The judgment of HHJ Pearce (sitting as a High Court Judge) in The Huntsworth Wine Company Ltd v London City Bond Ltd [2022] EWHC 98 (comm) contains a detailed consideration of several aspects of the law of costs.  It is a case that requires consideration over several posts. Here we look at the judge’s decision in relation to an offer made, pre-action, by a party who brought a successful counterclaim. The judge held that the offer in question was a “claimant’s” offer and had the normal consequences of such an offer followed.


The claimant brought an action following losses following the theft of wine from warehouses owned by the defendant.  The claimant claimed the full costs of the wine at over £125,000. At trial the judge gave judgment for the claimant for £1,000 plus interest and judgment for the defendant for £3,622.34 plus interest. There was a net sum due from the claimant (Huntsworth) to the Defendant (LCB) of £2,837.53.


There was a considerable debate as to whether the offer the defendant made was a valid Part 36 offer and whether it took effect as a “claimant’s” offer or a “defendant’s” offer.  On the facts of this case it was held to be a “claimant’s” offer.  Further the offer was a valid one, although it referred to proposed proceedings that did not take place, the claimant issuing proceedings and the defendant counterclaiming instead.

20.               The offer upon which LCB seeks to rely as having effect under Part 36 is contained in a letter of 20 August 2019 at D4/90, which states:
We enclose with this letter our client’s Part 36 Offer to settle (1) its claim against your client for £3,662.34 in excise duty paid on behalf of your client for which it is entitled to be reimbursed, and (2) also all aspects of your client’s counterclaim against ours arising from or in connection with the theft of its wine from our client’s possession; under the terms of the contract between our clients, the maximum liability on the part of our client (if it exists) is limited to £1,000. The offer is to accept a net payment of £2,000 by your client to ours in settlement of all these matters.”
21.               The Part 36 offer itself is in Form N242A (the standard court form for a Part 36 offer) and is stated to relate to proceedings in the County Court in Aldershot. The claimant is named as LCB and the defendant as Huntsworth. It is stated to be a claimant’s Part 36 offer made by LCB to settle the whole of the claim and counterclaim, on terms that “London City Bond Ltd will accept the sum of £2,000.00 in aggregate settlement of (1) its claim for reimbursement of excise duty paid by it and (2) all aspects of Huntsworth Wine Company Ltd’s counterclaim for damages arising from loss of its wine from London City Bond Ltd’s possession” and is said to take into account all of “Huntsworth Wine Company Ltd’s claims as set out in Keystone’s letter of 13 June 2019 and draft particulars of claim enclosed with Keystone’s letter of 12 July 2019.”
22.               Prior to the making of this offer, Huntsworth had:
22.1           by letter dated 19 March 2019, intimated a claim relating to the theft of the wine:
22.2           served draft Particulars of Claim, describing itself as claimant and LCB as defendant on 12 July 2019;
22.3           served a Claimant’s Part 36 offer on 24 July 2019.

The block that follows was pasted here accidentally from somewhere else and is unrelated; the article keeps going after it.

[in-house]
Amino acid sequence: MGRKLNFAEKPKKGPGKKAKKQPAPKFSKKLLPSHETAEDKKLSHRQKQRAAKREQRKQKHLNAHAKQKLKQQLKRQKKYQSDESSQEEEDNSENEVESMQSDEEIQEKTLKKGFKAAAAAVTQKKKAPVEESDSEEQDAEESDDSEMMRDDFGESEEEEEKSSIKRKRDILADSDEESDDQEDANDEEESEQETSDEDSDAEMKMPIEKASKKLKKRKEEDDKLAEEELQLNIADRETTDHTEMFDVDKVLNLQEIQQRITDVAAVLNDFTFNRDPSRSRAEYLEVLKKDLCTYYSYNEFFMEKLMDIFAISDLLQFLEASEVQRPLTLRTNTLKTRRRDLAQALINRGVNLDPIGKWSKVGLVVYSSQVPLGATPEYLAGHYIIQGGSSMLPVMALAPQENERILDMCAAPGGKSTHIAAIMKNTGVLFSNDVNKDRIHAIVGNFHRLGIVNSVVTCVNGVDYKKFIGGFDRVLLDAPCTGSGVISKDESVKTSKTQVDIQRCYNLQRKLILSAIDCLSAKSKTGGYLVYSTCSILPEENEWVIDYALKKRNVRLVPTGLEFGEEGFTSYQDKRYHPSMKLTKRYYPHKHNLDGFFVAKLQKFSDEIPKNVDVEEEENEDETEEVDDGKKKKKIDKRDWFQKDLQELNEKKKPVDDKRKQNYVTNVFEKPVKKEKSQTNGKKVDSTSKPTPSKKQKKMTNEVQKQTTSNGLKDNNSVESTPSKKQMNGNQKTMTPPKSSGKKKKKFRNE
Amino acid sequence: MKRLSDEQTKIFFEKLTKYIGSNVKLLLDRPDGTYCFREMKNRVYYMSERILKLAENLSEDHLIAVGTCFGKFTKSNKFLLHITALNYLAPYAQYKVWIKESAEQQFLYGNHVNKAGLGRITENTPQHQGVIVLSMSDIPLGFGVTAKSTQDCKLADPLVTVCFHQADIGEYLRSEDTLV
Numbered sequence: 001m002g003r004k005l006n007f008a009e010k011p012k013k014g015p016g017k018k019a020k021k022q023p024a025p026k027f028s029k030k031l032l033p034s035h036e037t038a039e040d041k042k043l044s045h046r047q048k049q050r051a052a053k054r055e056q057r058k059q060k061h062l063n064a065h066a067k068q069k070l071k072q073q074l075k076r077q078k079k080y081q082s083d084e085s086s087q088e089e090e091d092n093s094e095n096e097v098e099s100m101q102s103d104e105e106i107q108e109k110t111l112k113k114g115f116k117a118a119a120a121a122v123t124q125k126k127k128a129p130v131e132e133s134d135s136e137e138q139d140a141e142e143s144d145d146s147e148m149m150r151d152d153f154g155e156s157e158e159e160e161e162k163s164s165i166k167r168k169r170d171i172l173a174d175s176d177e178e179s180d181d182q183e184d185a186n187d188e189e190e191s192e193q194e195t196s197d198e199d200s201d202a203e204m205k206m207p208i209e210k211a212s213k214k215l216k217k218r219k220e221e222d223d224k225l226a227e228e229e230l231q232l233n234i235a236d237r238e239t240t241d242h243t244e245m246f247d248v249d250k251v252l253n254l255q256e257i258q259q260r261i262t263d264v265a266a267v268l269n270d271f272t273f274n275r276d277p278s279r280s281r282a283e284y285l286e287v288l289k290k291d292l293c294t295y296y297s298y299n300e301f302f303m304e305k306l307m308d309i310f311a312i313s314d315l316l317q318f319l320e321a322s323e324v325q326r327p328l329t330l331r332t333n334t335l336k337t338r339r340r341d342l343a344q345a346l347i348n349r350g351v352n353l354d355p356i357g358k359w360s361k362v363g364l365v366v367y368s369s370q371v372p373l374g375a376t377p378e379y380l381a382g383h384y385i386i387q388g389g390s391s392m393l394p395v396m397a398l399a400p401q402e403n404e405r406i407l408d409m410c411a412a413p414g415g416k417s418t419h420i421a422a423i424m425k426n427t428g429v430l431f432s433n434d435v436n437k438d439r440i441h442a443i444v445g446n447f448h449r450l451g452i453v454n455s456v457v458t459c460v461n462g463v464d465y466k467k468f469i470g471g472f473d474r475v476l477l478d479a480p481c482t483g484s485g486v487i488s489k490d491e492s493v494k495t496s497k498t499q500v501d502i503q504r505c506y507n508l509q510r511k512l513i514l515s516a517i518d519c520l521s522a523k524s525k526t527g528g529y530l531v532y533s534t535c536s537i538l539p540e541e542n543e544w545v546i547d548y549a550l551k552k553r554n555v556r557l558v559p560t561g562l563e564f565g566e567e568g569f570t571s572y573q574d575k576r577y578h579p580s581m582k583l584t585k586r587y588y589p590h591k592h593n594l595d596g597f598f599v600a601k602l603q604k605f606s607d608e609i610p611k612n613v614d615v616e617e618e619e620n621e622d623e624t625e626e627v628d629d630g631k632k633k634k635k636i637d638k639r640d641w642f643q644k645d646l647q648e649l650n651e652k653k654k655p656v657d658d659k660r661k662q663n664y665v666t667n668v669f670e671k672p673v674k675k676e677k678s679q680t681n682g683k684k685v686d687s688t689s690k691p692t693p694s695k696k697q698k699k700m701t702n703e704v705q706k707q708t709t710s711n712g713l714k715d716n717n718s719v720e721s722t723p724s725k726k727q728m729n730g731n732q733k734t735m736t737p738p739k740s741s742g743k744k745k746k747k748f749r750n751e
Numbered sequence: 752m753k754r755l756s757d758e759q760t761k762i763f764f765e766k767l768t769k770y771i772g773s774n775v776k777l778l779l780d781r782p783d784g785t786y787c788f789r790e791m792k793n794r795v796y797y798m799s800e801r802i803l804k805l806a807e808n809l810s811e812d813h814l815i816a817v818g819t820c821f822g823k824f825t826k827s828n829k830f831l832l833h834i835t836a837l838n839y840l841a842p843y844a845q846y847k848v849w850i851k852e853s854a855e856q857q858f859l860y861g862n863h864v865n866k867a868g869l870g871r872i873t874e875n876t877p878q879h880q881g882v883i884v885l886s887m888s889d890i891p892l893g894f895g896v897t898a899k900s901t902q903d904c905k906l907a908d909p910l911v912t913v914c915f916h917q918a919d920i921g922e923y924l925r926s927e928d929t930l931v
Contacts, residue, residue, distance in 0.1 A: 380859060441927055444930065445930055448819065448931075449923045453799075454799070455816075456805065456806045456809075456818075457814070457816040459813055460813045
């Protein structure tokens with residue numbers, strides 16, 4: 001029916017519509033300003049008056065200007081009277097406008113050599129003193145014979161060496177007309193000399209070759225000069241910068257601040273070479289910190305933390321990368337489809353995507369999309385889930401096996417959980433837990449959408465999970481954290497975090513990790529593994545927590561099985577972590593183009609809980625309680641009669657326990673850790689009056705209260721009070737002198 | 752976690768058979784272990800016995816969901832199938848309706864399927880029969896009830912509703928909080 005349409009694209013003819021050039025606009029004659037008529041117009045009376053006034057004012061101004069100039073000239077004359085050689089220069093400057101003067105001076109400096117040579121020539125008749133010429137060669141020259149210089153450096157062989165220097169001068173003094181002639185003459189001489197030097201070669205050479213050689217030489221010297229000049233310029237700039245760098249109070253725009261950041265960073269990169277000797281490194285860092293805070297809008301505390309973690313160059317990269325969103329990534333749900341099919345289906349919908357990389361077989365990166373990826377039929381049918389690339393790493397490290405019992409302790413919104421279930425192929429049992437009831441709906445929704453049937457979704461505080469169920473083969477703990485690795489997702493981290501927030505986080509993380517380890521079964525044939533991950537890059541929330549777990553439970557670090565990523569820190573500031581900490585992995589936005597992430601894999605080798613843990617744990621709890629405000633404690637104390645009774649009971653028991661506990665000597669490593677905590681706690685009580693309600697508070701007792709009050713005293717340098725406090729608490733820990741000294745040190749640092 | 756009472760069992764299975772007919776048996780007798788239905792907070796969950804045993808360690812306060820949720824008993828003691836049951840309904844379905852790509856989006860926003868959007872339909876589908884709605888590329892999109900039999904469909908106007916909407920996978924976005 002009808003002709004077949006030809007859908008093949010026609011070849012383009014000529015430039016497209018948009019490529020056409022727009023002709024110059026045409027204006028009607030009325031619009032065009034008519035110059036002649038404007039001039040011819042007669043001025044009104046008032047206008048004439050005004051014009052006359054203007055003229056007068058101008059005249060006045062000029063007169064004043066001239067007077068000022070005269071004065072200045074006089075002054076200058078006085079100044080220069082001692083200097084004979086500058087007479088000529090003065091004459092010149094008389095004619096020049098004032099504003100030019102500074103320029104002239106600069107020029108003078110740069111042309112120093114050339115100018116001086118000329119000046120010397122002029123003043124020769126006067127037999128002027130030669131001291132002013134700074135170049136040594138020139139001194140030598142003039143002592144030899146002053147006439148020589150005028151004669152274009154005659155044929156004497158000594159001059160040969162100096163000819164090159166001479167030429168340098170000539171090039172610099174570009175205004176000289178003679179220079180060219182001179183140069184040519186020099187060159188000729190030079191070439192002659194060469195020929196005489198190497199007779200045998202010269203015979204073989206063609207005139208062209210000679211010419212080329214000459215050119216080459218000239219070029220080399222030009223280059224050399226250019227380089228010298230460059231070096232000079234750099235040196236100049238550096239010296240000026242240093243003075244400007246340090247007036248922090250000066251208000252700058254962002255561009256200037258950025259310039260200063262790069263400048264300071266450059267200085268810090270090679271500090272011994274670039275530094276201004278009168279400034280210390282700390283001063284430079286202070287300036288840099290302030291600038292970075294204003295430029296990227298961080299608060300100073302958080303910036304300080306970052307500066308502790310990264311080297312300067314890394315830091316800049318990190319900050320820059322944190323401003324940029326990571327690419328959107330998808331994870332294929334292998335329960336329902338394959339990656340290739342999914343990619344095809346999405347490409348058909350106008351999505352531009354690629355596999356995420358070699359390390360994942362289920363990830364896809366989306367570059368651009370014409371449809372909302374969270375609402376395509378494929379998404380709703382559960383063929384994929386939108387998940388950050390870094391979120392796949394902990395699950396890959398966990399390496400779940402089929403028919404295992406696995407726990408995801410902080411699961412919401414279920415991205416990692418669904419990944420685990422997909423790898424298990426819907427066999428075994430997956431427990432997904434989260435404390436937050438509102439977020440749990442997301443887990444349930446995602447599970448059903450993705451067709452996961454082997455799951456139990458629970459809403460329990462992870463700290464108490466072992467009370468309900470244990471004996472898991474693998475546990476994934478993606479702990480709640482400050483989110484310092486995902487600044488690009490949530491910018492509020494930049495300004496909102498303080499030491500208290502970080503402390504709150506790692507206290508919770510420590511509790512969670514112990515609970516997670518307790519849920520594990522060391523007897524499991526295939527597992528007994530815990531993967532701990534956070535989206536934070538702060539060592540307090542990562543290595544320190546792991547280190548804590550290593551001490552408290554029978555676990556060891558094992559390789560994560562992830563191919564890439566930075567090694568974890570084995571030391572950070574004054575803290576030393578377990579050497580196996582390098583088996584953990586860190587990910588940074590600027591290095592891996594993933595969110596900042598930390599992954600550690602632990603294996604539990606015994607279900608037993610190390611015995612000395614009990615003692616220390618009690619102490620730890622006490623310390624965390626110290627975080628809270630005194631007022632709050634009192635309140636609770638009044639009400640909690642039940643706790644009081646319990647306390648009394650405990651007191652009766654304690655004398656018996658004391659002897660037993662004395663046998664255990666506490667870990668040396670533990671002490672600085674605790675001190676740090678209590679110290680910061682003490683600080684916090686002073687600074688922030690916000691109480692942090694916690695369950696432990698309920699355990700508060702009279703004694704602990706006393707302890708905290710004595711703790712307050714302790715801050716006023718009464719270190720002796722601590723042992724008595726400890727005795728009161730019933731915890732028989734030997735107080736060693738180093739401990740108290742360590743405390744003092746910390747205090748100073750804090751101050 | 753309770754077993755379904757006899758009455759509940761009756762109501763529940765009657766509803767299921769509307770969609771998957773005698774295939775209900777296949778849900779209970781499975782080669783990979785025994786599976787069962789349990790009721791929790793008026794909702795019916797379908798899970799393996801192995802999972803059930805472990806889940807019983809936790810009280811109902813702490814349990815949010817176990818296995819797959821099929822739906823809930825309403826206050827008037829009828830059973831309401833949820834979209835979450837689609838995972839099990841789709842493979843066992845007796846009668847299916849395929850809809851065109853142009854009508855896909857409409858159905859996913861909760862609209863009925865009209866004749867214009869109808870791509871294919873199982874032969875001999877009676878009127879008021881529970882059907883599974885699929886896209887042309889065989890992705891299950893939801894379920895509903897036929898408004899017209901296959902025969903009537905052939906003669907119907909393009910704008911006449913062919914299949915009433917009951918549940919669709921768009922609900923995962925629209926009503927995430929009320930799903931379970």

23.               Huntsworth contends that the result of this was that it was no open to LCB to make a Part 36 offer as if it were a claimant because it was not in fact the claimant. This is of significance because a claimant’s Part 36 offer has a different consequence than a defendant’s Part 36 offer:
23.1           If the court is considering the question of the consequences upon an offer having not been accepted but thereafter been beaten by a sum awarded on judgment, a defendant’s Part 36 offer will usually result in the offeror who obtains a judgment that is at least as advantageous to it as the offer being entitled to its costs on the standard basis from the expiry of the relevant period, whereas a claimant’s Part 36 offer will usually result in the offeror who obtains a judgment more advantageous than the offer being entitled to its costs on the indemnity basis, with additional sums by way of interest and an uplift on the judgment itself;
23.2           On the other hand, when looked at from the consequences of the offer being accepted, the acceptance of a defendant’s Part 36 offer will usually lead to the offeree being entitled to its cost up to the date of acceptance, whereas the acceptance of a claimant’s Part 36 offer will lead to the offeror being entitled to its costs on the standard basis up to the date of acceptance.
24.               CPR36.7 makes clear that a Part 36 offer may be made at any time, including before the commencement of proceedings. This opens the possibility that, as here, there may be a dispute as to whether a party is entitled to avail itself of the benefits of a claimant’s Part 36 offer since at the time of the offer being made there may be no clarity about who is the claimant.
25.               Let us consider hypothetical circumstances, not far removed from those of this case, to examine the implications of the parties’ submissions. X and Y are in a contractual relationship in which each deliver services to the other. Liabilities to pay for those services are constantly arising between the parties and it is common ground that each is entitled to set off the other’s indebtedness to it against any claim by the other. The parties reach a position where X contends that Y owes it £80,000, whereas Y concedes that it owes £50,000. On the other hand, Y contends that X owes it £90,000, whereas X contends that its indebtedness is only £25,000. The net effect of this is that, if X is right in both respects, the balance due from Y to it is £55,000 (£80,000 less £25,000), whereas if Y is right in both respects, the balance due from X to it is £40,000 (£90,000 less £50,000). X makes a claimant’s part 36 offer to settle the cross claims pursuant to which Y is required to pay £55,000. Various possibilities then arise: